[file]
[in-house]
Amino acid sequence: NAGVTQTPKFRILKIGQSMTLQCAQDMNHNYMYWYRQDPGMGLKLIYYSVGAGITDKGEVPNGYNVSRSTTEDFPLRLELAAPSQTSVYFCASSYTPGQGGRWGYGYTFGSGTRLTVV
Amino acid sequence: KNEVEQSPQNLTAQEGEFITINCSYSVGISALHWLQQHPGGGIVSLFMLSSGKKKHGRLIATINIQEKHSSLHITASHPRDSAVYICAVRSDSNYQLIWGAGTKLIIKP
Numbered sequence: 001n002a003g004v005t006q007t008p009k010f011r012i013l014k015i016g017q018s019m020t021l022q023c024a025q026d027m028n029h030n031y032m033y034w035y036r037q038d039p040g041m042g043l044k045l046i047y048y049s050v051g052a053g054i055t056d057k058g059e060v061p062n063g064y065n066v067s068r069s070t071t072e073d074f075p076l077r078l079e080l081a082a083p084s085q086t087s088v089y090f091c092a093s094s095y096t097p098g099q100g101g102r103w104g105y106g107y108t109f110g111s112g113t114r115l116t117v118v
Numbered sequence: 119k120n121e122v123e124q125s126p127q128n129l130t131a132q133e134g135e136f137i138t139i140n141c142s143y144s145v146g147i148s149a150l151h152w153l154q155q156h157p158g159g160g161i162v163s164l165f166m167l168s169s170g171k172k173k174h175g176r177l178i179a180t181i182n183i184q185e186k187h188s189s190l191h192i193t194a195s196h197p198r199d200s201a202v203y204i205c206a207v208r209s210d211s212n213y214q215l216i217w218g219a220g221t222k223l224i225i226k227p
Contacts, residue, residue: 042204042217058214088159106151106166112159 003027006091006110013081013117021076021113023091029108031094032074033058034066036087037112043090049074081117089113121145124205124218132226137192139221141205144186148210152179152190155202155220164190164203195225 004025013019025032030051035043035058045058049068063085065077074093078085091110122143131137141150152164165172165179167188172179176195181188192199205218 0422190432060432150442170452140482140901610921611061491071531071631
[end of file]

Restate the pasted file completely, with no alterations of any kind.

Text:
[in-house]
Amino acid sequence: NAGVTQTPKFRILKIGQSMTLQCAQDMNHNYMYWYRQDPGMGLKLIYYSVGAGITDKGEVPNGYNVSRSTTEDFPLRLELAAPSQTSVYFCASSYTPGQGGRWGYGYTFGSGTRLTVV
Amino acid sequence: KNEVEQSPQNLTAQEGEFITINCSYSVGISALHWLQQHPGGGIVSLFMLSSGKKKHGRLIATINIQEKHSSLHITASHPRDSAVYICAVRSDSNYQLIWGAGTKLIIKP
Numbered sequence: 001n002a003g004v005t006q007t008p009k010f011r012i013l014k015i016g017q018s019m020t021l022q023c024a025q026d027m028n029h030n031y032m033y034w035y036r037q038d039p040g041m042g043l044k045l046i047y048y049s050v051g052a053g054i055t056d057k058g059e060v061p062n063g064y065n066v067s068r069s070t071t072e073d074f075p076l077r078l079e080l081a082a083p084s085q086t087s088v089y090f091c092a093s094s095y096t097p098g099q100g101g102r103w104g105y106g107y108t109f110g111s112g113t114r115l116t117v118v
Numbered sequence: 119k120n121e122v123e124q125s126p127q128n129l130t131a132q133e134g135e136f137i138t139i140n141c142s143y144s145v146g147i148s149a150l151h152w153l154q155q156h157p158g159g160g161i162v163s164l165f166m167l168s169s170g171k172k173k174h175g176r177l178i179a180t181i182n183i184q185e186k187h188s189s190l191h192i193t194a195s196h197p198r199d200s201a202v203y204i205c206a207v208r209s210d211s212n213y214q215l216i217w218g219a220g221t222k223l224i225i226k227p
Contacts, residue, residue: 042204042217058214088159106151106166112159 003027006091006110013081013117021076021113023091029108031094032074033058034066036087037112043090049074081117089113121145124205124218132226137192139221141205144186148210152179152190155202155220164190164203195225 004025013019025032030051035043035058045058049068063085065077074093078085091110122143131137141150152164165172165179167188172179176195181188192199205218 0422190432060432150442170452140482140901610921611061491071531071631